"Please let mine be the last post in this thread."
Please do not be put off by those who obviously have no interest in this subject. There are a number of extremely interesting and inspritional threads going at present on this forum; this has all the makings of being one of them.
Please invite the begrudgers who don't wish to take part to join the 'What key does a toilet flush in?' thread and leave us to ours.
Jim Carroll


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Subject: RE: Traditional?
From: Ruth Archer
Date: 15 Feb 10 - 06:06 AM

She's great, Crowsister. Look for her trio touring this summer - there's also a CD coming out soon.


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Subject: RE: Traditional?
From: Acorn4
Date: 15 Feb 10 - 06:08 AM

A sore point - ask John Connolly or Jez Lowe!


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Subject: RE: Traditional?
From: Dave the Gnome
Date: 15 Feb 10 - 06:25 AM

I remeber Richard grainger telling us that he was told 'The Whitby Whaler' was a traditional song from the area as well:-)


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Subject: RE: Traditional?
From: johnadams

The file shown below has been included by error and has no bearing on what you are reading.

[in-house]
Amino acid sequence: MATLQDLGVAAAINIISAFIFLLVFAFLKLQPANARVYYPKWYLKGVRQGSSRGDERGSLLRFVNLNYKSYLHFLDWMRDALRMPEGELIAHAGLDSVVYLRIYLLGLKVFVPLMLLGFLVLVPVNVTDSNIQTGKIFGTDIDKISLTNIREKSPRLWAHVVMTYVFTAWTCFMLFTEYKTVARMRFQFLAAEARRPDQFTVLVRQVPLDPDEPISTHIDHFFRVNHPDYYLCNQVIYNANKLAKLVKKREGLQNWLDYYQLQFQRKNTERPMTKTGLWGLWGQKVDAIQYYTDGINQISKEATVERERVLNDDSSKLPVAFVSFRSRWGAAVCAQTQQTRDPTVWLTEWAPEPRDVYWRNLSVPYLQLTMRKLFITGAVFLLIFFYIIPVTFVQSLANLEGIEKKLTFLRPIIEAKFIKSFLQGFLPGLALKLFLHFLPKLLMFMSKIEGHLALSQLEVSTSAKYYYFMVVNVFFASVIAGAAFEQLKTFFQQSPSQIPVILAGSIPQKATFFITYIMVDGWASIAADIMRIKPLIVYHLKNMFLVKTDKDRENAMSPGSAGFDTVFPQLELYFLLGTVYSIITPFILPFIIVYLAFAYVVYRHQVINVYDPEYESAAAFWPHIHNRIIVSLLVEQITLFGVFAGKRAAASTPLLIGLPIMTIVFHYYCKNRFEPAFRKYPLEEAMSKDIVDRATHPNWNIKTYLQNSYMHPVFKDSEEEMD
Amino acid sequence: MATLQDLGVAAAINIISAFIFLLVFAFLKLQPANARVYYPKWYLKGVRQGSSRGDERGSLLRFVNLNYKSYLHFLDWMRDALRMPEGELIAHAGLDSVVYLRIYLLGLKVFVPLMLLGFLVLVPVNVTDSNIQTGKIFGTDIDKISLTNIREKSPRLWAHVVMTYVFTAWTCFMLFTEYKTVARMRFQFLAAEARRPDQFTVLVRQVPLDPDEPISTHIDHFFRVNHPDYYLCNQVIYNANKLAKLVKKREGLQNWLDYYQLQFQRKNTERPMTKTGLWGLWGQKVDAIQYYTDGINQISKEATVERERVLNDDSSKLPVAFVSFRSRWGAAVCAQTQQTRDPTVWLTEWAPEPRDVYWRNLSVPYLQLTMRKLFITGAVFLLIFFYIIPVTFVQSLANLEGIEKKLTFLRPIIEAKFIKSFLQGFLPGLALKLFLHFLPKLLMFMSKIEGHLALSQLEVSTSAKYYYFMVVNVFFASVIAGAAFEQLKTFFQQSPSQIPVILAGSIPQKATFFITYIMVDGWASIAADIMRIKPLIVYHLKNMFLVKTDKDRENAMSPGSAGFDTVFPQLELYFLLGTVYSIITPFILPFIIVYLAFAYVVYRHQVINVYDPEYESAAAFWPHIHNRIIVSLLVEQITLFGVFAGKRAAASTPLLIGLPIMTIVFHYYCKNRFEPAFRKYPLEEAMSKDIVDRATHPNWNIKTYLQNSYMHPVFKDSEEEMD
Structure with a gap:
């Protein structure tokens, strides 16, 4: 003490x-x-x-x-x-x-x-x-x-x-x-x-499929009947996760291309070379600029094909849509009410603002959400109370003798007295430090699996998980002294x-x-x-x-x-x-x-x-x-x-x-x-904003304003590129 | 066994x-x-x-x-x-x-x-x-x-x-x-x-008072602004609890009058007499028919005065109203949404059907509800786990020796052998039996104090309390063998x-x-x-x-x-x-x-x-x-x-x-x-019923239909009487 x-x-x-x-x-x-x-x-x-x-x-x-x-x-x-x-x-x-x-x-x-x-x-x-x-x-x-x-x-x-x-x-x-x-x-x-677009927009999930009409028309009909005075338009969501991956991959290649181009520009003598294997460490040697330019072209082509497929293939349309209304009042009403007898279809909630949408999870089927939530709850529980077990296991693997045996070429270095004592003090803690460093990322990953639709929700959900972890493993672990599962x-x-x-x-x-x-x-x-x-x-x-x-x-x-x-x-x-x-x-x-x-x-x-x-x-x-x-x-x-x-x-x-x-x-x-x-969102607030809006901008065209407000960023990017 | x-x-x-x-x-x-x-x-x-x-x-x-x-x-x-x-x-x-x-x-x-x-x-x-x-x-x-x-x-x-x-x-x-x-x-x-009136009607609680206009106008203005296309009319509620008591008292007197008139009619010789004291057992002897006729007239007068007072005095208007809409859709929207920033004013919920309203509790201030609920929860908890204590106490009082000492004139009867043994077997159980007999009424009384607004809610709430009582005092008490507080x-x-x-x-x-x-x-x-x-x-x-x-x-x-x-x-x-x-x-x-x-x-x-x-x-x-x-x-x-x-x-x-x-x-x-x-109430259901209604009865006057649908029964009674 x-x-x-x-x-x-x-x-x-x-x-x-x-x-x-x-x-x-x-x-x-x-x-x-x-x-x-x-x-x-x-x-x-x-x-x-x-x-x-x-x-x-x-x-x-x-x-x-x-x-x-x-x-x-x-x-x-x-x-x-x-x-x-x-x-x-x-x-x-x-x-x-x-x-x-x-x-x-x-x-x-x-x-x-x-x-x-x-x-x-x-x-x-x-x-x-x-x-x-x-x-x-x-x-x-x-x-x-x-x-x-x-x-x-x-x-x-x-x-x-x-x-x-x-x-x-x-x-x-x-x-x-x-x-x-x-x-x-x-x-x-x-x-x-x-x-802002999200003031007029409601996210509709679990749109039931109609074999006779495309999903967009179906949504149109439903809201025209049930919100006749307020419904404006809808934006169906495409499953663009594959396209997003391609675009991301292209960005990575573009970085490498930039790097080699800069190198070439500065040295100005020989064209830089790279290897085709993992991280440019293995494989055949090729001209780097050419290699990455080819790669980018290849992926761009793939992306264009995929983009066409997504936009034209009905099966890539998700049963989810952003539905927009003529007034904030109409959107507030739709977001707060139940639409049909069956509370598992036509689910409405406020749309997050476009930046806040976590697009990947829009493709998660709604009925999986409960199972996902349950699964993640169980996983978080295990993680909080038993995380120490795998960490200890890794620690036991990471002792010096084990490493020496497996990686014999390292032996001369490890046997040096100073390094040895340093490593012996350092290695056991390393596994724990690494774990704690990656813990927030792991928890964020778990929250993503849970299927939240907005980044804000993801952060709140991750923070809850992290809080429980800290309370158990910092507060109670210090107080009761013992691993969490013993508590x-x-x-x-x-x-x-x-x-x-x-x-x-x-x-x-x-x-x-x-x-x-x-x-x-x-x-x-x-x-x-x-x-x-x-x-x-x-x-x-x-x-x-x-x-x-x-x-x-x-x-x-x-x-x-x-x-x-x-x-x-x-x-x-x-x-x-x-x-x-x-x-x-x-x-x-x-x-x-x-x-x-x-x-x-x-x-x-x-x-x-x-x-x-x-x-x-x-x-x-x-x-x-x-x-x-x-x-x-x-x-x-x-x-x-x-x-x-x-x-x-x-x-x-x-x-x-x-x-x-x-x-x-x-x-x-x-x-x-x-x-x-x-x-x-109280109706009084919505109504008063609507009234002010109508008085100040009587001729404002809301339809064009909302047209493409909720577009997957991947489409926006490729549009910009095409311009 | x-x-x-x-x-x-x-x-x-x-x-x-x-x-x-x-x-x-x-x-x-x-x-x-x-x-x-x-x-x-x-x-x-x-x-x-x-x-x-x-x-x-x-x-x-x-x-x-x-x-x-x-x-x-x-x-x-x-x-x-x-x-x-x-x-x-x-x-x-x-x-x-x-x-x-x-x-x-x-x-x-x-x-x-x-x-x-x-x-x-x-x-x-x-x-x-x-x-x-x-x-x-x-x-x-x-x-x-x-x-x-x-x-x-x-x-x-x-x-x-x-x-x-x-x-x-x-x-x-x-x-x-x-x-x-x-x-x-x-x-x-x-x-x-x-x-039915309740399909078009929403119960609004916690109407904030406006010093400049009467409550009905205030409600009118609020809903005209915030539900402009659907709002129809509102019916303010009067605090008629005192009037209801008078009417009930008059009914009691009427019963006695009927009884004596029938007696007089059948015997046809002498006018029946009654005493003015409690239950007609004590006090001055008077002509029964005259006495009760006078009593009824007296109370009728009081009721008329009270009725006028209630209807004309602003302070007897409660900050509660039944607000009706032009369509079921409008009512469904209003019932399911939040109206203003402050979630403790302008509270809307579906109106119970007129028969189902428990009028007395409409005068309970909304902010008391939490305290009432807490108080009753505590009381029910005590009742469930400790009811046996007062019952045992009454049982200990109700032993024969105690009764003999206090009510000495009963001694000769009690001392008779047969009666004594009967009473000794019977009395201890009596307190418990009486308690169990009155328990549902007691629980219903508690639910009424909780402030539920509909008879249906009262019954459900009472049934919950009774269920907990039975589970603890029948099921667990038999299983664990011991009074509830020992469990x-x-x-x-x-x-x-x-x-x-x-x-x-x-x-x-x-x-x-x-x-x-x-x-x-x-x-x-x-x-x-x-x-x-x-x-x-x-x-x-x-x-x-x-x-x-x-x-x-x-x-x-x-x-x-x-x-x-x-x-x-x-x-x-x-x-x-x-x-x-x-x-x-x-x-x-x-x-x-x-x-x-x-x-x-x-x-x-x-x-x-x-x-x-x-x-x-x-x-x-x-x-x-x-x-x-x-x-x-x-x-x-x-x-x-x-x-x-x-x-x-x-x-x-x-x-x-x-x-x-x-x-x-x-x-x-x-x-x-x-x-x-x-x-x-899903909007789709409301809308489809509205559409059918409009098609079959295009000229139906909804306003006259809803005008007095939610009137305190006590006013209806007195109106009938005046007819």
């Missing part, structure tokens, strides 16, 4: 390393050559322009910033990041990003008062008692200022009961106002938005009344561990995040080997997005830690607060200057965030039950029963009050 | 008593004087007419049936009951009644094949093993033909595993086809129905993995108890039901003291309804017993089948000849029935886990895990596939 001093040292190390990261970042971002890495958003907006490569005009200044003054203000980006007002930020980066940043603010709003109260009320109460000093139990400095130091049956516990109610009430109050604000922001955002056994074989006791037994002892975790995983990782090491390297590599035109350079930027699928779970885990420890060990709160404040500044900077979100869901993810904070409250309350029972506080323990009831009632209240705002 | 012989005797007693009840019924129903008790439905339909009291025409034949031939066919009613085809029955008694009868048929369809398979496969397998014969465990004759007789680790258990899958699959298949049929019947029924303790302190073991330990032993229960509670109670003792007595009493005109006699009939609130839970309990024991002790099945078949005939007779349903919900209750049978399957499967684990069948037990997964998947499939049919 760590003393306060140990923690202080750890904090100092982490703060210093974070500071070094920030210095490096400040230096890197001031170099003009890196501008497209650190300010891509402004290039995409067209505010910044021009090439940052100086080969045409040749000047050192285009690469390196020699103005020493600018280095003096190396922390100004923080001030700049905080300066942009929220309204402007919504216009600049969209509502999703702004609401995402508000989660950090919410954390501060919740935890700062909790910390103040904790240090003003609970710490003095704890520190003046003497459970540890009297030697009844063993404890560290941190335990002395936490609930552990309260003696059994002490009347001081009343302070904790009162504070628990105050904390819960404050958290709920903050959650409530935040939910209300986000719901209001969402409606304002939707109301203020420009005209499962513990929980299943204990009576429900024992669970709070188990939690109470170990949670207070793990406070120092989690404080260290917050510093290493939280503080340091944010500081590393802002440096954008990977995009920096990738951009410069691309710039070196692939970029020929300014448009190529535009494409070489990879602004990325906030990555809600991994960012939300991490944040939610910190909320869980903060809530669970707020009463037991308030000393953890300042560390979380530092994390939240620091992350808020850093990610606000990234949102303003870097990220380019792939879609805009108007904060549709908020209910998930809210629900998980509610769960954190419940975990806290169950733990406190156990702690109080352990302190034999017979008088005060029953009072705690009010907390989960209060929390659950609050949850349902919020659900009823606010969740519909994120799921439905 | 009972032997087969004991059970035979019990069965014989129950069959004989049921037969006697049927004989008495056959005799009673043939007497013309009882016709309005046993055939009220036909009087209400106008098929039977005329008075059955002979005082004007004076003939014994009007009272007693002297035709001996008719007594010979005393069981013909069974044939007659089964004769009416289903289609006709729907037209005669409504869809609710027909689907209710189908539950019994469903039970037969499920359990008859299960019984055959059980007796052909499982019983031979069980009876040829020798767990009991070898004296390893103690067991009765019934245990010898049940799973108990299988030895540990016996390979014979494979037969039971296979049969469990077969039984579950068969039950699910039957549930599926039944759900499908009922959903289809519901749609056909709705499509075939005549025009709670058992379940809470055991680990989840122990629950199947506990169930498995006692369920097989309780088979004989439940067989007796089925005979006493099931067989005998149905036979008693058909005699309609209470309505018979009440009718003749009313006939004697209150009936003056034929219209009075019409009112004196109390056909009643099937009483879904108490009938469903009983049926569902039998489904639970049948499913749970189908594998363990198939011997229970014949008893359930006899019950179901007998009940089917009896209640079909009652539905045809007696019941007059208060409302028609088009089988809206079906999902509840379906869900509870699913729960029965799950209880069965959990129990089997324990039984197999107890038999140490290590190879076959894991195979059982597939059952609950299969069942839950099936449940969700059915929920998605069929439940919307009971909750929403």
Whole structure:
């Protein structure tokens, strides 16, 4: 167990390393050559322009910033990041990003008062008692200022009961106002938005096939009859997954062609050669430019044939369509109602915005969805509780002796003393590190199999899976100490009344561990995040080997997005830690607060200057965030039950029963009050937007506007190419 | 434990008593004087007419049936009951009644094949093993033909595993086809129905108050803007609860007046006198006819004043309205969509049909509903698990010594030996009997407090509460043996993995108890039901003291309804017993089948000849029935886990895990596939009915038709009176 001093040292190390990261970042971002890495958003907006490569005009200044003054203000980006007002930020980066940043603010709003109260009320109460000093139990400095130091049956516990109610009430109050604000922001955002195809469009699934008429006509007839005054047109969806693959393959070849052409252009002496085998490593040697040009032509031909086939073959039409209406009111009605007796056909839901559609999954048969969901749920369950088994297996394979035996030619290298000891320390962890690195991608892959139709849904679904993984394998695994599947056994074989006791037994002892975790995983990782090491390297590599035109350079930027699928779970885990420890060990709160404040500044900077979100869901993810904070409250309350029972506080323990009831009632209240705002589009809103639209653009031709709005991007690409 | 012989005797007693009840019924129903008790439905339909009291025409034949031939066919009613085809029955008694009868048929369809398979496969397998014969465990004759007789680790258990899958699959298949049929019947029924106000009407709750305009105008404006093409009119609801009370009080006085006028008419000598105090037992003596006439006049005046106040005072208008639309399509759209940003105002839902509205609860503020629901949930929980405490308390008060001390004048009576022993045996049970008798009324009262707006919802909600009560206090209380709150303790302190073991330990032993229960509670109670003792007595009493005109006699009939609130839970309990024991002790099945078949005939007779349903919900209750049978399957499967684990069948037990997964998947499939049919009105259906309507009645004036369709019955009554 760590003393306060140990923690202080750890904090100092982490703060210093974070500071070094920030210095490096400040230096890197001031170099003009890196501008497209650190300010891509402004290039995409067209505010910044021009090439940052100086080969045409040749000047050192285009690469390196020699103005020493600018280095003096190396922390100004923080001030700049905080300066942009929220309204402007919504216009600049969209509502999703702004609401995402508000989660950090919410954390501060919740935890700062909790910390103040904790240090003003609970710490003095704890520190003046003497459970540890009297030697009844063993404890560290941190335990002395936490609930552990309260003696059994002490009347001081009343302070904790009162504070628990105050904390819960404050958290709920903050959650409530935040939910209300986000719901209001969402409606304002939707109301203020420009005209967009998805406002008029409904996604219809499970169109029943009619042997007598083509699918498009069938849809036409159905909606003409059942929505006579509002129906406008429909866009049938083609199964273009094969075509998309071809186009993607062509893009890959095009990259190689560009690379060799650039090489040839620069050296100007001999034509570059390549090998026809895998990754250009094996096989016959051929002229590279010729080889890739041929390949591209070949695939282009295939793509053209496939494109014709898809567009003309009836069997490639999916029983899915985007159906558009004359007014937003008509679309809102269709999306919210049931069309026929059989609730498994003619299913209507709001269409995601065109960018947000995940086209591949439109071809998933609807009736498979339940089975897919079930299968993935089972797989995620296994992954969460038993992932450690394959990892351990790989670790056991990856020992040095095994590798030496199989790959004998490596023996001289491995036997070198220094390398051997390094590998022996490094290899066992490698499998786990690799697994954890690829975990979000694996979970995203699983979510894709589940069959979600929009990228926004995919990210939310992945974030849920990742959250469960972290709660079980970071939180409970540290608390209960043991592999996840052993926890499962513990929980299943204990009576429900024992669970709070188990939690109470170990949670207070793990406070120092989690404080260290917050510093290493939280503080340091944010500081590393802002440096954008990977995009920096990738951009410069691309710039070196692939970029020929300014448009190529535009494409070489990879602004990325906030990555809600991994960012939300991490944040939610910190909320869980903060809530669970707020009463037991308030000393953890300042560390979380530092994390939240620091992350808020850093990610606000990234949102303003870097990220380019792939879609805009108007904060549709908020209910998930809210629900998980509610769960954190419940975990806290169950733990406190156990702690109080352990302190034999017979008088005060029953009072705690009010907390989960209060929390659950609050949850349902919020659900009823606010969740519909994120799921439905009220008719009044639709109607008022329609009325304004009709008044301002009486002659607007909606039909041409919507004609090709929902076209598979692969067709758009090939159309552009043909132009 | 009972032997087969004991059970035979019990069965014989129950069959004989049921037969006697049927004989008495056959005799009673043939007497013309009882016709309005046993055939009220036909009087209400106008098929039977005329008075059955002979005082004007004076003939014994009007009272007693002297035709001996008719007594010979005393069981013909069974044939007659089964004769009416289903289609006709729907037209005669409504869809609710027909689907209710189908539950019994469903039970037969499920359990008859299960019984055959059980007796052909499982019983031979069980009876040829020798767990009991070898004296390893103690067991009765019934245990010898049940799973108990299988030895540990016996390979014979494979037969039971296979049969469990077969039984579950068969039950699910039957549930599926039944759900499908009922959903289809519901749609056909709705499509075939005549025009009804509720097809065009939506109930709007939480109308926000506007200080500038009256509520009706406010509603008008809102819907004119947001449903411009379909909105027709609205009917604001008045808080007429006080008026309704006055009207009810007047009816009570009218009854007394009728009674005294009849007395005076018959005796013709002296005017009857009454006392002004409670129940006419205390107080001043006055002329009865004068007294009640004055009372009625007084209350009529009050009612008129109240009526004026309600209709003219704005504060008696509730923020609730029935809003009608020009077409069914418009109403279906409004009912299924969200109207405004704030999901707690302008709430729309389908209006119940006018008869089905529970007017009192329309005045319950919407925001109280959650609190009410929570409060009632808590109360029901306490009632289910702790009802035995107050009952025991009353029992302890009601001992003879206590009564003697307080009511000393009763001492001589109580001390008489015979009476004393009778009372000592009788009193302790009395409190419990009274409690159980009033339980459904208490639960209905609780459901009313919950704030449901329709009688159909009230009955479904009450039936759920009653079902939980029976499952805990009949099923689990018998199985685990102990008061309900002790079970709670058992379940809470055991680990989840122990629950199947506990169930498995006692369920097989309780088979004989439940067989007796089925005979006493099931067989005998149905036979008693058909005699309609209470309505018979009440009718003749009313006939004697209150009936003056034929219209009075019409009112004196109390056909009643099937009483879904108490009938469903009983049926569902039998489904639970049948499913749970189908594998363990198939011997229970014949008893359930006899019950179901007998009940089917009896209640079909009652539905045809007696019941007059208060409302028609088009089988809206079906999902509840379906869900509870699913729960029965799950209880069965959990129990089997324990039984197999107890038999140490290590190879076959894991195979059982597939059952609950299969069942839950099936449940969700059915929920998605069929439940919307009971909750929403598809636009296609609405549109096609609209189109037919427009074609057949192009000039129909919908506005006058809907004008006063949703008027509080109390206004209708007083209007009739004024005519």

Date: 15 Feb 10 - 06:57 AM

Roger Watson told me that at one National Festival, someone sang his song 'Watercress-O', announcing it as a Lancashire traditional song. Amused and curious, Roger asked him later where he got the song from and was told to eff off and find his own material.


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Subject: RE: Traditional?
From: Suegorgeous
Date: 15 Feb 10 - 06:58 AM

Jim

So by those criteria you'd call She moved through the fair a traditional song, then? somehow that feels wrong to me.


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Subject: RE: Traditional?
From: WalkaboutsVerse
Date: 15 Feb 10 - 07:00 AM

No, as I've detailed here, whereas in poetry we use "anon" for unknown author pieces, in music we use "trad."


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Subject: RE: Traditional?